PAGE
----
The forint extended the worst emerging-market slide this week as Hungary’s central bank pledged to support the government’s economic policy, signaling further easing after 18 straight months of interest rate cuts.
The currency of Hungary, the most indebted nation in the east of the European Union, weakened 0.8 percent to 311.88 per euro by 10:51 a.m. in Budapest. It is heading for a 2.3 percent decline this week, the most since June and the worst among the 24 emerging-market currencies tracked by Bloomberg. The forint depreciated 4.7 percent in January, the biggest slide after Argentina’s peso, Russia’s ruble and the South African rand.
Magyar Nemzeti Bank President Gyorgy Matolcsy today pledged a “close alliance” with the government, which has advocated lower rates to spur recovery from recession. Even as emerging-market central banks including South Africa tightened monetary policy to bolster their currencies, Matolcsy said this week that Hungary’s current-account surplus set it apart from peers and below-target inflation provided room for easing.
“The forint selloff has been fueled by comments from the governor, who believes he will be able to ease monetary policy further,” Jan Bures, a currency analyst at CSOB AS in Prague, wrote in a report today. “He argues the fundamentals are good and inflation low. The markets don’t seem to buy that.”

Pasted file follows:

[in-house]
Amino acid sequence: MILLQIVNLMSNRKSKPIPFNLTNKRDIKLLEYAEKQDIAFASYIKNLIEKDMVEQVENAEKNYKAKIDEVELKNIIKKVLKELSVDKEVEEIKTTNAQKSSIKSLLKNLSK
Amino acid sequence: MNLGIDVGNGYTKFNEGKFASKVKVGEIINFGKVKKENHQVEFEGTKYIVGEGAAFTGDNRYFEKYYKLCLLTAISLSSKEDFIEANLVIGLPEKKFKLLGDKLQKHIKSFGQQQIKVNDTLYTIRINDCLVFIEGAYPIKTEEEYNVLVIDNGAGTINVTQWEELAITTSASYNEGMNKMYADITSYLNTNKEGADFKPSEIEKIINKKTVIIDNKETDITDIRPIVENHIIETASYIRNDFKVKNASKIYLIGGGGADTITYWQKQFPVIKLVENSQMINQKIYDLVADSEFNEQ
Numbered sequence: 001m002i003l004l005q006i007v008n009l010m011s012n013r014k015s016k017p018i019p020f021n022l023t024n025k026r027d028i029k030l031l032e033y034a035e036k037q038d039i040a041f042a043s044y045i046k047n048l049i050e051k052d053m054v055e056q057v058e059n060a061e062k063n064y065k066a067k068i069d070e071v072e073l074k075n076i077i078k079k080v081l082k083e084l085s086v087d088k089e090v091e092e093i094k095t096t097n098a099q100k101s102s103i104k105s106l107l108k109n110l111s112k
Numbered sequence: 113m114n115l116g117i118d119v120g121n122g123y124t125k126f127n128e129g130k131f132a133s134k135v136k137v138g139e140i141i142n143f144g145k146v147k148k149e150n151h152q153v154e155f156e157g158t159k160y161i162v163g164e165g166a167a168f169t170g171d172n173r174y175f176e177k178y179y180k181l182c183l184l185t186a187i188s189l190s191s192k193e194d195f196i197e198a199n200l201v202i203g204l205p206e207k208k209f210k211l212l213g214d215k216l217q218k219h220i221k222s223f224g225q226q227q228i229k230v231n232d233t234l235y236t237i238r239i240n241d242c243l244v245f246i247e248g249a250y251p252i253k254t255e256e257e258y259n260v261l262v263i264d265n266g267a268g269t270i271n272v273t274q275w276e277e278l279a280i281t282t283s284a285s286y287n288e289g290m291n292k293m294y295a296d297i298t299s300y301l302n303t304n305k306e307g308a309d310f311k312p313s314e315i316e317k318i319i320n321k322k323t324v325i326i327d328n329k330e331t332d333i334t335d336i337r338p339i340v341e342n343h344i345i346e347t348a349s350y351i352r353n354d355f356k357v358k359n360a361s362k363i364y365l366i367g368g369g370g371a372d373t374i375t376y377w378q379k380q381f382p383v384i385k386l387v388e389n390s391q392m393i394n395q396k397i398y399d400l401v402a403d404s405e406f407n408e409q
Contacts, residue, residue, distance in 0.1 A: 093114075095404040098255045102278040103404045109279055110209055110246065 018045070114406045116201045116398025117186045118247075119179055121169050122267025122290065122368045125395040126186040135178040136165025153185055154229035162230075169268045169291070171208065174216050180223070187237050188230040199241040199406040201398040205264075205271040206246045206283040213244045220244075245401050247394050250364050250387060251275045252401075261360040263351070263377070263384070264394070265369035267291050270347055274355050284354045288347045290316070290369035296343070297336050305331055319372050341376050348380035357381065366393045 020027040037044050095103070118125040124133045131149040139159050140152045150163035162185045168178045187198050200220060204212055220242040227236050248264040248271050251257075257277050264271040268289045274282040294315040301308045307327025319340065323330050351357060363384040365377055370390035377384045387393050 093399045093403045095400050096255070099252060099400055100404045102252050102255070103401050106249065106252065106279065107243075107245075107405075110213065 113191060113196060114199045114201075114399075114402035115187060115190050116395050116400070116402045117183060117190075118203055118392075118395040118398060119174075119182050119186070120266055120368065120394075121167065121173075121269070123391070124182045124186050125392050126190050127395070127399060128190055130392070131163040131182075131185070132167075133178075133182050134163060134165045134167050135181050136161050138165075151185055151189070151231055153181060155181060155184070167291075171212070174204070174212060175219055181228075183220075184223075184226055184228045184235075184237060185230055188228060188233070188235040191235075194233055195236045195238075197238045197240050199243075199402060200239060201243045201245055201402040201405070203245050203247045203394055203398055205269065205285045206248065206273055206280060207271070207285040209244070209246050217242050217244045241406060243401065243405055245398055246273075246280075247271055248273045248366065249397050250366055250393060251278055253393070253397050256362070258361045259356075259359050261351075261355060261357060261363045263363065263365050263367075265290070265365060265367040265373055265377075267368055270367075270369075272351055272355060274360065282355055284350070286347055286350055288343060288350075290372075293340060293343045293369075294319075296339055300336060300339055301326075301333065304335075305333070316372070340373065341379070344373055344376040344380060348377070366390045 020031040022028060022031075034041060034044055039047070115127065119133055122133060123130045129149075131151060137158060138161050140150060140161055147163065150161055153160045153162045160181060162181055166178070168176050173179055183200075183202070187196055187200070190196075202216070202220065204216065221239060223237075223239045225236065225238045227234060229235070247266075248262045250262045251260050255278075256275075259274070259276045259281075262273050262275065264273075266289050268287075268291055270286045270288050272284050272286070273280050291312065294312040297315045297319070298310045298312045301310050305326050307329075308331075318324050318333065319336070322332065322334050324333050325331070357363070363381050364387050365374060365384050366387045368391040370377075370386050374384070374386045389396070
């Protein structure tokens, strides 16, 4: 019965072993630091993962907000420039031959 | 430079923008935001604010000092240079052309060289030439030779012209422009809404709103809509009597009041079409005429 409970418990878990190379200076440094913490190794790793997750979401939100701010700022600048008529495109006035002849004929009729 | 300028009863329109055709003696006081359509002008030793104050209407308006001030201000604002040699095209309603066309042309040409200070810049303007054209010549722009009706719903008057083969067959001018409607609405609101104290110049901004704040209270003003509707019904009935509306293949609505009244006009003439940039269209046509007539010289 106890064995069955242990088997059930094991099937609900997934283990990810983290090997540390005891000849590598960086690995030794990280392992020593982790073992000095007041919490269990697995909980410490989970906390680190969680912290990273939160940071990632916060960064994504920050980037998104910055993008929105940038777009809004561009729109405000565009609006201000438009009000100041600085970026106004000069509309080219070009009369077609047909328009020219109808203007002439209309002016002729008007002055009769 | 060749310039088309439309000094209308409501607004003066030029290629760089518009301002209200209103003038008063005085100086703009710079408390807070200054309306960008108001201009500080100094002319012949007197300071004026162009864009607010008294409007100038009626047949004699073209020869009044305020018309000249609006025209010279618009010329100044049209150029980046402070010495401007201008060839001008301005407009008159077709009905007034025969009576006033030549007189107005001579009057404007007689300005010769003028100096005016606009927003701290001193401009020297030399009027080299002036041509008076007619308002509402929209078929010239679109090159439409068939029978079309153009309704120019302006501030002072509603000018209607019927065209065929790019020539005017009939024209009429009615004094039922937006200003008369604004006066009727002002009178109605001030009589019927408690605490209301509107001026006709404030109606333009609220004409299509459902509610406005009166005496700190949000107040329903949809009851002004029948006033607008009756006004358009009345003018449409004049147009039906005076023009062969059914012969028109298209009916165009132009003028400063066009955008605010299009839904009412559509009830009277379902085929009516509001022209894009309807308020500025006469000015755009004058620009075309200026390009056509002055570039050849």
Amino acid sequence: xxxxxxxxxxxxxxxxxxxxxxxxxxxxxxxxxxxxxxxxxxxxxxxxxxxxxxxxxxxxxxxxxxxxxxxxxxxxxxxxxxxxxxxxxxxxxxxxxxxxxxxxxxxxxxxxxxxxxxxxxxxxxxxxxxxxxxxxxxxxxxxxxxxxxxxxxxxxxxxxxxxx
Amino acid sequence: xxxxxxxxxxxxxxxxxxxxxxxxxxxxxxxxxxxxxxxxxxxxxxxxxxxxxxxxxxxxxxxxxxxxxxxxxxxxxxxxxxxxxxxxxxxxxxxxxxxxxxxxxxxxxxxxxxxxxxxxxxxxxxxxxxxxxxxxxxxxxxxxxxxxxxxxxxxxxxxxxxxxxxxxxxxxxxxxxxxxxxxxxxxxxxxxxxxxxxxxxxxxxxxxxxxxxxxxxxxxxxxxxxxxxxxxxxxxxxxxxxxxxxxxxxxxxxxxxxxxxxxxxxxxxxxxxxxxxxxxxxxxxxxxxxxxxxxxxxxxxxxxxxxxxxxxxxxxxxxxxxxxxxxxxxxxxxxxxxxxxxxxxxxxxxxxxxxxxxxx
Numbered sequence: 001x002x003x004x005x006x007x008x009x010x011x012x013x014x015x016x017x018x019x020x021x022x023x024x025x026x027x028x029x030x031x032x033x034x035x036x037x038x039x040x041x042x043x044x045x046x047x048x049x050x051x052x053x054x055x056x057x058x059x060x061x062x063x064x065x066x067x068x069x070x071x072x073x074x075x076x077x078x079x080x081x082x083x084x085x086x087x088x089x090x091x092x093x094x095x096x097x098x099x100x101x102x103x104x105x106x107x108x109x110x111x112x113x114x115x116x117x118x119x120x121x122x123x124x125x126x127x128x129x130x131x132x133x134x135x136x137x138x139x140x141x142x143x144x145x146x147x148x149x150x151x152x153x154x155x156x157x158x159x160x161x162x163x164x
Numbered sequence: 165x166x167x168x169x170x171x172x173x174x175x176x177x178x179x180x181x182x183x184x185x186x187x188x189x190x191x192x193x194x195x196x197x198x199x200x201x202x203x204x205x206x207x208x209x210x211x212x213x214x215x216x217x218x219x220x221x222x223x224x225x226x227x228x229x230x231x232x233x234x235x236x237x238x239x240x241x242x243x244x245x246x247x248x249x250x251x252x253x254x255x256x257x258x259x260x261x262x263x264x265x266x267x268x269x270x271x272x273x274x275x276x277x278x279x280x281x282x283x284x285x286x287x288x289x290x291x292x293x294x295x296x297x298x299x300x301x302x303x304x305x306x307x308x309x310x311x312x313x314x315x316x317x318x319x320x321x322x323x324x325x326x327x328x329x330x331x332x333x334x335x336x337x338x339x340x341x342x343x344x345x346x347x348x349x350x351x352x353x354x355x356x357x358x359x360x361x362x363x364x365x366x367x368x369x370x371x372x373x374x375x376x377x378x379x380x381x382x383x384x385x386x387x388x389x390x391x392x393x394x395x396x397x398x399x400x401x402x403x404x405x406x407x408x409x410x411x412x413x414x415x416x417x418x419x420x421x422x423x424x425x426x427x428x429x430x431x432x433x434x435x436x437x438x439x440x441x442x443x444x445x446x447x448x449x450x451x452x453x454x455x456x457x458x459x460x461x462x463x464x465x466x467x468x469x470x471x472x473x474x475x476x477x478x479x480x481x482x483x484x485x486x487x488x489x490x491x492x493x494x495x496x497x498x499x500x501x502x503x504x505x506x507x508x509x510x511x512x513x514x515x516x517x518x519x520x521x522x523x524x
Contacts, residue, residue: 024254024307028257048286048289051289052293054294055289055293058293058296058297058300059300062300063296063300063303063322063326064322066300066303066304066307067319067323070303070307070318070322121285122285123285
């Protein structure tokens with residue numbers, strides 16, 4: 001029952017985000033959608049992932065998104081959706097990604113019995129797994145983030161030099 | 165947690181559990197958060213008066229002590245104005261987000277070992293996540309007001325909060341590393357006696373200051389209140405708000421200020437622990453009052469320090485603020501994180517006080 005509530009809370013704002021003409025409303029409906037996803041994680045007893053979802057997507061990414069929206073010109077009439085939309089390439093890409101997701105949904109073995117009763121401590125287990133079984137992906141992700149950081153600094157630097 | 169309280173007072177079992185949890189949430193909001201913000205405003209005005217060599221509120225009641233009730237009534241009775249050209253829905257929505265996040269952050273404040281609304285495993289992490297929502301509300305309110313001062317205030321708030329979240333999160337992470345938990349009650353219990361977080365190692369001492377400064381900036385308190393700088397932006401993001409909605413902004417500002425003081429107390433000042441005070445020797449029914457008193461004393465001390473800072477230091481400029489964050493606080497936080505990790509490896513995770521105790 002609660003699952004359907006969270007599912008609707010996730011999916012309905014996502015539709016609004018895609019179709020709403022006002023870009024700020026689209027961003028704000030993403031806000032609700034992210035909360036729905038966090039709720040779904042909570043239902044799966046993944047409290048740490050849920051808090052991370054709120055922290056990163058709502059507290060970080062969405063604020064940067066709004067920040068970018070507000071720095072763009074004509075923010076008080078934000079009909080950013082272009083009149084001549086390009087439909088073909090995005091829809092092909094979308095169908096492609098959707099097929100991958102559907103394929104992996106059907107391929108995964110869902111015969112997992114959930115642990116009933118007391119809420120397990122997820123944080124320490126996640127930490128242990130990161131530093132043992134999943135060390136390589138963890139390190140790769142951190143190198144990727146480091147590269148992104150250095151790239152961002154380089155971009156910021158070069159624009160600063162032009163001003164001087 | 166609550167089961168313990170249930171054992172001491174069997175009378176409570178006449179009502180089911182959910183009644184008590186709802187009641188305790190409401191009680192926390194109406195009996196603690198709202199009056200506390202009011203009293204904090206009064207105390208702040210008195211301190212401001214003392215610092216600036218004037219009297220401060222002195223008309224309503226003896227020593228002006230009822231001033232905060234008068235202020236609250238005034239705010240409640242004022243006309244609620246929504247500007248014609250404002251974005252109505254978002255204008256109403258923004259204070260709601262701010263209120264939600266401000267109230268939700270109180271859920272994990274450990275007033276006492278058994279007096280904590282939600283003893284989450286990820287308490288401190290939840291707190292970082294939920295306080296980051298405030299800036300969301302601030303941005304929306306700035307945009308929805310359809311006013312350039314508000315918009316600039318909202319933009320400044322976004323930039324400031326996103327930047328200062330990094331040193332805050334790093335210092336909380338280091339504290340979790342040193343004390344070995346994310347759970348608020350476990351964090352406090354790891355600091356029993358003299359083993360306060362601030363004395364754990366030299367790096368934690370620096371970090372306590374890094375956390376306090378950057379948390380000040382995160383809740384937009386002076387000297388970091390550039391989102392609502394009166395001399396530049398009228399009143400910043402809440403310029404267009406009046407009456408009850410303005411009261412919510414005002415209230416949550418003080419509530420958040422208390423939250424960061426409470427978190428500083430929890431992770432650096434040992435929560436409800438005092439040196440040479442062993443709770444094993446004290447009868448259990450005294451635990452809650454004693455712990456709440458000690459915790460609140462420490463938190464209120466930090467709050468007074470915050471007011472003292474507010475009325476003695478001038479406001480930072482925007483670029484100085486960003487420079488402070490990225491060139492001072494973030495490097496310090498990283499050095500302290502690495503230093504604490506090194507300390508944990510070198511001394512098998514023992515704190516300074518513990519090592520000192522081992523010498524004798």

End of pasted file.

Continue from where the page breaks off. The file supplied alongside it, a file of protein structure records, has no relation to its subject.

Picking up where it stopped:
Hungary’s foreign trade surplus widened to 825 million euros ($1.1 billion) in November from 759 million euros in the previous month, within 5 million euros of the 2 1/2 year-high reached in September, data showed today. The forint has been led by global markets and not Hungary’s economic fundamentals, Prime Minister Viktor Orban said on MR1 radio today.
“Hungary has gone a long way in the past years toward removing macroeconomic imbalances,” Bures said. “The question is if the Hungarian fundamentals are good enough for the central bank to be able to go against the current.”
The Federal Open Market Committee said this week it will cut monthly bond purchases by $10 billion to $65 billion, keeping the pace of the reduction from the previous month. Monetary-policy makers across emerging markets are weighing the Fed’s move against the need to boost economic growth.
Hungary’s central bank slowed its rate reductions to 15 basis points on Jan. 21, lowering the benchmark to a record 2.85 percent, following 20 basis-point moves in the previous five months and 12 quarter-point cuts between August 2012 and July 2013.
The yield on Hungary’s 10-year forint bonds increased seven basis points, or 0.07 percentage point, to 6.07 percent, the highest since Dec. 3, data compiled by Bloomberg show.
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